When I first found out short story writer George Saunders, who’s famous for creating futuristic dystopias, had written a ghost story about Abraham Lincoln I was wary. Crossovers like Abraham Lincoln: Vampire Hunter and Pride and Prejudice and Zombies came to mind; I wasn’t sure if Saunders’ almost sci-fi style would translate into historical fiction. But, I shouldn’t have doubted him, Lincoln in the Bardo, his first novel, has cemented his place as one of the 21st century’s greatest writers. He’s been praised by the likes of Jonathan Franzen, Zadie Smith, Junot Díaz and Lorrie Moore and this highly anticipated novel certainly lives up to the hype.
The story takes place in a cemetery over one night in 1862 where Abraham Lincoln visited the crypt of his dead child, Willie. Saunders takes this emotionally charged situation and renders it sincere and realistic through the experimental way in which the novel is written (almost entirely in dialogue). At first glance, the book looks weird, there’s tonnes of empty space on the page and it looks more like a play-script than a novel.
And, it gets weirder. The novel is narrated by ghosts/spirits stuck in the Bardo (a sort of Buddhist version of Purgatory). Saunders’ knack for voice is incredible, each character is believable, sympathetic and hilarious. He accurately portrays anyone from gay aristocrats, opium addicts, slave owners, prostitutes and the President of the United States. With these characters Saunders creates an eclectic cacophony of voices each with their own compelling story to tell. Reading the book, you get lost in the reality of the many lives of its dead characters. It’s a feat that a lesser writer would make tacky but Saunders delivers beautifully. While at first, you may find the strange telling of the story confusing, by the end of the 300 or so pages, you can’t imagine it being written any other way.
As you can see, it’s very hard to pin the novel down into one category. Is it historical fiction? Kind of, but not really. Saunders (despite having clearly done a ridiculous amount of research) has a playful approach to historical reality. Is it a tragedy? Well yes it is sad, but also laugh out loud hilarious. This mix of tragedy and comedy is effective throughout all his stories and works brilliantly in the novel. Is it political? Despite being about a US President, it’s not particularly a political novel, Saunders’ universal observations on what it is to be human and how to face death are a lot more important. The impossibility to stick the novel into one genre is testament to Saunders’ range as a writer — he’s a master of tone, as comfortable writing about the tragic death of a young child as he is making 19th century dick jokes.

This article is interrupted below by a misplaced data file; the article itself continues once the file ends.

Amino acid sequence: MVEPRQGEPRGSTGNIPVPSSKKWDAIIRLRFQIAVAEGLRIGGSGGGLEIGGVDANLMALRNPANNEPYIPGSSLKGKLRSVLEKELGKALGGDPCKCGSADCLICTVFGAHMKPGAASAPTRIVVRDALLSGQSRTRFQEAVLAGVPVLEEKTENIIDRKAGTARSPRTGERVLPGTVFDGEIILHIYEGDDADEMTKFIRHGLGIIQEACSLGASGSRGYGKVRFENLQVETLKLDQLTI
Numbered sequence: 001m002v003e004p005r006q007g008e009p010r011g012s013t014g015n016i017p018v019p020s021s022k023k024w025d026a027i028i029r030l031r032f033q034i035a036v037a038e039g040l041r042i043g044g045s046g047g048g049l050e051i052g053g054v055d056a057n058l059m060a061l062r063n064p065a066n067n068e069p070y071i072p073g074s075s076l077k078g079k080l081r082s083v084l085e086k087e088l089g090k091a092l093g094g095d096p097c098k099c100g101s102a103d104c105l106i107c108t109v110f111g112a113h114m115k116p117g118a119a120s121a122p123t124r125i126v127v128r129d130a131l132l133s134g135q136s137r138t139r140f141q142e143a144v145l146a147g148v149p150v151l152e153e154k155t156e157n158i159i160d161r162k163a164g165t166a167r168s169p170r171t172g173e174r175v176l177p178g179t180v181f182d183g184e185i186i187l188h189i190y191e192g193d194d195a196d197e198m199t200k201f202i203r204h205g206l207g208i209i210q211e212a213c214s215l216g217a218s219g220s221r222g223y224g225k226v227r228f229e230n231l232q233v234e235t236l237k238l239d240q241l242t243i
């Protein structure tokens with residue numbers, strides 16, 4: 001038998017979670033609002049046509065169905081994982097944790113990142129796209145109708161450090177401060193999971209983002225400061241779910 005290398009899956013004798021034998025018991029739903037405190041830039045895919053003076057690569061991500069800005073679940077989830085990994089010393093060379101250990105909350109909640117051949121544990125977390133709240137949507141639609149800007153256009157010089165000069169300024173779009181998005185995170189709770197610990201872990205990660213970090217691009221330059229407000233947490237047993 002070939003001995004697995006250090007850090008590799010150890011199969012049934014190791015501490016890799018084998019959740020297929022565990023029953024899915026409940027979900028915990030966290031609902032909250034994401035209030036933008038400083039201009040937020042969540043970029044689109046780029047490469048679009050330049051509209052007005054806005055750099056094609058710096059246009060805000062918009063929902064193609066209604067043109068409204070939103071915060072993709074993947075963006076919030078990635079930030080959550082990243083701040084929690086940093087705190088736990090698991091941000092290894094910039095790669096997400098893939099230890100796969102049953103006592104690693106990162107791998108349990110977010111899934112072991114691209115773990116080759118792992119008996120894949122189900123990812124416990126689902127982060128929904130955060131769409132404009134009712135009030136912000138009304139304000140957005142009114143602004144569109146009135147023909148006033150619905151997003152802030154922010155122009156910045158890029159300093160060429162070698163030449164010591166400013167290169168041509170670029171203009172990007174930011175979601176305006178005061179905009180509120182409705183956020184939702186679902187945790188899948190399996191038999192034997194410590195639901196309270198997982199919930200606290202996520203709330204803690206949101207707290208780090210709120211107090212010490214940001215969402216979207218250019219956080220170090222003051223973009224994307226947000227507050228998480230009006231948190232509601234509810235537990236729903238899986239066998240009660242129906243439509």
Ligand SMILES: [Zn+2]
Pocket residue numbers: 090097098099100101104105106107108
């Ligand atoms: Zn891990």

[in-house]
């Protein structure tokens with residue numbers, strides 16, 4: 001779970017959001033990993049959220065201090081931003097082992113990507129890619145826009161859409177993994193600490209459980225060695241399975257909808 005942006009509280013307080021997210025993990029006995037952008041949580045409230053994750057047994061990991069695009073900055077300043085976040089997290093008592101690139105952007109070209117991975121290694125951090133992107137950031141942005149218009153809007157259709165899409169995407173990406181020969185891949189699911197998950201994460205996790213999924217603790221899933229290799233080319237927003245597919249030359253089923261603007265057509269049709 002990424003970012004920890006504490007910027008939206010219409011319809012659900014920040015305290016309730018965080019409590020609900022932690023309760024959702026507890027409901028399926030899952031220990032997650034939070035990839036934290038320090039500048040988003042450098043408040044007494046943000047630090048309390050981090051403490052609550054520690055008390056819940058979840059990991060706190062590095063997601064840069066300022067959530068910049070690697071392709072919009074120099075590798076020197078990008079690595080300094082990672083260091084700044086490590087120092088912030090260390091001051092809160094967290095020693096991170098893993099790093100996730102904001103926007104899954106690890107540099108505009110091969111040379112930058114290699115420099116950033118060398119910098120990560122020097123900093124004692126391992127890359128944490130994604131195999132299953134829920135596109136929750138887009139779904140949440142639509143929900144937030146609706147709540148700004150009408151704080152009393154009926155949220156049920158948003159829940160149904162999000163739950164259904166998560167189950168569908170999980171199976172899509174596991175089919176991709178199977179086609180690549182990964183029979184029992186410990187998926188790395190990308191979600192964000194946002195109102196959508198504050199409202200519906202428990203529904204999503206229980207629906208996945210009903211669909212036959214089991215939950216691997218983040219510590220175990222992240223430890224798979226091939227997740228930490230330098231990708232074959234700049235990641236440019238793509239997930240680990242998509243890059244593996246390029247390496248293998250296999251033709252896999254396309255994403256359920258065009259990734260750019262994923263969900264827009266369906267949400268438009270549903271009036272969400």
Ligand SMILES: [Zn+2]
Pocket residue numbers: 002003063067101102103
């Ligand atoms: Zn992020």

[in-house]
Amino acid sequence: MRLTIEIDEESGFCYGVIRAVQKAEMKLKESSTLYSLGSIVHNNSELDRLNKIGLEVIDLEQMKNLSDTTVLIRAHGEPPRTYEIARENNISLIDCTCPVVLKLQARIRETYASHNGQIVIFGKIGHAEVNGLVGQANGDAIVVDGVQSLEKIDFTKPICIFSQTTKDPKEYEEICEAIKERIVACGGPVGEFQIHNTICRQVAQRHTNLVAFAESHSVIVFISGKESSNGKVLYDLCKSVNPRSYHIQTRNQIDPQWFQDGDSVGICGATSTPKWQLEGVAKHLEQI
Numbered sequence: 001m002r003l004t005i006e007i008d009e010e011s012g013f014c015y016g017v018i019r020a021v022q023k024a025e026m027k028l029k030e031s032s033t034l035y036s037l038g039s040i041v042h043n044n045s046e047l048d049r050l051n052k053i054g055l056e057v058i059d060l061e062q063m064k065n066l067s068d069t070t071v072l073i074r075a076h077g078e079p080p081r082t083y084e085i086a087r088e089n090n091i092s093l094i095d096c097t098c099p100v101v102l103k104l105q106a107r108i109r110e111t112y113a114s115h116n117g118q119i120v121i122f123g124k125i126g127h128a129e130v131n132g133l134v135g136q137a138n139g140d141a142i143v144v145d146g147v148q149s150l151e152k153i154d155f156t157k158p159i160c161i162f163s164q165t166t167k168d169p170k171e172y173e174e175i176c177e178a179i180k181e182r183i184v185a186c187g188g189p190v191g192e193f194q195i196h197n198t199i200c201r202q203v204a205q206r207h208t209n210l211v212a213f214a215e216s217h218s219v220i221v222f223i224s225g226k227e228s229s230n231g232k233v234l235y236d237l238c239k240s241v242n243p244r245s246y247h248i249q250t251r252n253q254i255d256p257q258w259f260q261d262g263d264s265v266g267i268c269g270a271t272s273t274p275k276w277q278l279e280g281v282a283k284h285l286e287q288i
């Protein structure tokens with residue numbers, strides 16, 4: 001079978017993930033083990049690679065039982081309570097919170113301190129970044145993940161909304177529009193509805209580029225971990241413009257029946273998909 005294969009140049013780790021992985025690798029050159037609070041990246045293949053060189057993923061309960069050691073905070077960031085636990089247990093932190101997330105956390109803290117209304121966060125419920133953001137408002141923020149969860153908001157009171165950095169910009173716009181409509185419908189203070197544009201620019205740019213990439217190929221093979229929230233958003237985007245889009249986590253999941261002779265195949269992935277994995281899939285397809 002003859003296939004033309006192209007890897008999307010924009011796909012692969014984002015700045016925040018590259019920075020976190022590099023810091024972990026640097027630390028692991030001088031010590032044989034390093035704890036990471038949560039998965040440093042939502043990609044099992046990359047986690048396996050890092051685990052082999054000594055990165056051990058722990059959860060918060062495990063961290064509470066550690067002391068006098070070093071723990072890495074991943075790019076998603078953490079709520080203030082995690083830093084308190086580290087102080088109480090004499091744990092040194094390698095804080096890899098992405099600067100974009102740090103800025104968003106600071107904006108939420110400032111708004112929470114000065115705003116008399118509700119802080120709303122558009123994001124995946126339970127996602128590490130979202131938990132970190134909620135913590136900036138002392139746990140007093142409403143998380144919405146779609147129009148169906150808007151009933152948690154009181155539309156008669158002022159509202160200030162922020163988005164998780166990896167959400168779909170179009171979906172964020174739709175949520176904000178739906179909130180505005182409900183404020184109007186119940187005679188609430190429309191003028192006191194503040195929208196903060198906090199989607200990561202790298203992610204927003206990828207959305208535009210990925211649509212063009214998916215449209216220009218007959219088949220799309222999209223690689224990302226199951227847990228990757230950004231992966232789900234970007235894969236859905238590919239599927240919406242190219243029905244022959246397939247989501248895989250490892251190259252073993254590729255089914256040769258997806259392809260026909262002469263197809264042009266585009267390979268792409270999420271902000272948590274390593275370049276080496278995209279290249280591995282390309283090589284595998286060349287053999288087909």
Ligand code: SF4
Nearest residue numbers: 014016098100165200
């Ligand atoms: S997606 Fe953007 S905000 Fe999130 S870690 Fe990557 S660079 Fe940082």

It must be said that many people don’t respond to Saunders’ more experimental writing style and Lincoln in the Bardo could seem to them a tiresome read. For those looking for lots of twists and turns in a narrative, this might not be the novel for you, Saunders creates an immersive world but not necessarily a page-turning plot.
There is definitely a life-affirming quality to his writing, and despite often being satirical and darkly comic, he always seems to end on a genuine note of positivity. I think this is something that’s often missing in literary fiction mainly because it’s something extremely hard to pull off without seeming sappy or cliché. Yet through his powerful tragicomic writing, Saunders manages to create a genuine emotional connection with readers and this is especially true in Lincoln in the Bardo.
The novel is unlike anything I’d ever read before and the experimental style is effective. I’d definitely recommend getting a copy, and if you’re looking for a quick introduction to his writing check out his short stories — many of them are available for free online.
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